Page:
Archives of Microbiology

, Volume 181, Issue 4, pp 269–277 | Cite as

Thermobaculum terrenum gen. nov., sp. nov.: a non-phototrophic gram-positive thermophile representing an environmental clone group related to the Chloroflexi (green non-sulfur bacteria) and Thermomicrobia

  • Lina M. Botero
  • Kathy B. Brown
  • Sue Brumefield
  • Mark Burr
  • Richard W. Castenholz
  • Mark Young
  • Timothy R. McDermott
Original Paper


A novel bacterium was cultivated from an extreme thermal soil in Yellowstone National Park, Wyoming, USA, that at the time of sampling had a pH of 3.9 and a temperature range of 65–92 °C. This organism was found to be an obligate aerobic, non-spore-forming rod, and formed pink-colored colonies. Phylogenetic analysis of the 16S rRNA gene sequence placed this organism in a clade composed entirely of environmental clones most closely related to the phyla Chloroflexi and Thermomicrobia. This bacterium stained gram-positive, contained a novel fatty-acid profile, had cell wall muramic acid content similar to that of Bacillus subtilis (significantly greater than Escherichia coli), and failed to display a lipopolysaccharide profile in SDS-polyacrylamide gels that would be indicative of a gram-negative cell wall structure. Ultrastructure examinations with transmission electron microscopy showed a thick cell wall (approximately 34 nm wide) external to a cytoplasmic membrane. The organism was not motile under the culture conditions used, and electron microscopic examination showed no evidence of flagella. Genomic G+C content was 56.4 mol%, and growth was optimal at 67 °C and at a pH of 7.0. This organism was able to grow heterotrophically on various carbon compounds, would use only oxygen as an electron acceptor, and its growth was not affected by light. A new species of a novel genus is proposed, with YNP1T (T=type strain) being Thermobaculum terrenum gen. nov., sp. nov. (16S rDNA gene GenBank accession AF391972). This bacterium has been deposited in the American Type Culture Collection (ATCC BAA-798) and the University of Oregon Culture Collection of Microorganisms from Extreme Environments (CCMEE 7001).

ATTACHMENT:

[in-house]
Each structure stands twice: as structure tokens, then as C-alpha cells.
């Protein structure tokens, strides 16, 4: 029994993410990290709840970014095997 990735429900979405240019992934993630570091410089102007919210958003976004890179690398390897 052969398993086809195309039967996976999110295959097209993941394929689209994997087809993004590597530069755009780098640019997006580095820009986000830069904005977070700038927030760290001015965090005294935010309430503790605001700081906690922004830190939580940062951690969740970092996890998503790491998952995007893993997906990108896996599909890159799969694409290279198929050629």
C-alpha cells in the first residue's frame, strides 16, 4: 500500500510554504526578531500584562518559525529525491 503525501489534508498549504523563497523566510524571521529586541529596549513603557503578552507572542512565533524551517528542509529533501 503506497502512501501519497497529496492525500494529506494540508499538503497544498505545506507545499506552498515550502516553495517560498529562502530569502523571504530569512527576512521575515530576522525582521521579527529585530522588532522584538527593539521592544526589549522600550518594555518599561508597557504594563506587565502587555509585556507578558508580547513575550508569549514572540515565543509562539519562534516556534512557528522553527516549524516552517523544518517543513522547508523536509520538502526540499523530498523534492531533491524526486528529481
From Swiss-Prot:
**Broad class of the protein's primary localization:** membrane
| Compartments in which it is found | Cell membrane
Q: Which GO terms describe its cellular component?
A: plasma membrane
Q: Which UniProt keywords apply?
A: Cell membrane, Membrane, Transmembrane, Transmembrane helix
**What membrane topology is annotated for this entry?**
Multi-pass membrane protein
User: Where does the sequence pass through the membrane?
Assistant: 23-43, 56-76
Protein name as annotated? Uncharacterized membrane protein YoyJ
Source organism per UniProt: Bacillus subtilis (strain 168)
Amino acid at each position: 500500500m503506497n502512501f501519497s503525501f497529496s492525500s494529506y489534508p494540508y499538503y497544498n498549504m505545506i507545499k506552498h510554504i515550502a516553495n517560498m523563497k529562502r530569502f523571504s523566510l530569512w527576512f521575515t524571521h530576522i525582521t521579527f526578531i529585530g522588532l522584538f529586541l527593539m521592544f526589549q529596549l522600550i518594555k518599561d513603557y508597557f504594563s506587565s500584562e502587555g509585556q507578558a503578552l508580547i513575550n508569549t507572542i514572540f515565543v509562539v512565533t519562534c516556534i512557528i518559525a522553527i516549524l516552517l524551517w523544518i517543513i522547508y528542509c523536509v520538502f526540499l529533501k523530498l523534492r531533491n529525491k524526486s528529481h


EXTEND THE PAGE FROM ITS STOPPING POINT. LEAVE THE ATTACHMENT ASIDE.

Thermophile Green non-sulfur Chloroflexi Gram-positive Yellowstone National Park Thermal soil 



The authors express gratitude for the enthusiastic help from Anne Deutch, Christie Hendrix, and John Varley, Yellowstone Center for Resources, Yellowstone National Park, Wyoming. The authors thank Bill Franck for help in temperature experiments, and in particular gratefully acknowledge Dr. Hans G. Trüper for assistance with nomenclature and Dr. Marci McClure for helpful discussion regarding in-depth sequence analysis. Funding to support this work was from the National Science Foundation (DEB-9809360) and the National Aeronautics and Space Administration (NAG5-8807).


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Copyright information

© Springer-Verlag 2004

Authors and Affiliations

  • Lina M. Botero
    • 1
  • Kathy B. Brown
    • 1
    • 2
  • Sue Brumefield
    • 1
  • Mark Burr
    • 1
  • Richard W. Castenholz
    • 3
    • 4
  • Mark Young
    • 1
  • Timothy R. McDermott
    • 1
  1. 1.Thermal Biology InstituteMontana State UniversityBozemanUSA
  2. 2.Sierra High SchoolMantecaUSA
  3. 3.Center for Ecology and Evolutionary BiologyUniversity of OregonEugeneUSA
  4. 4.NASA Aimes Research CenterNASA Astrobiology InstituteMoffett FieldUSA

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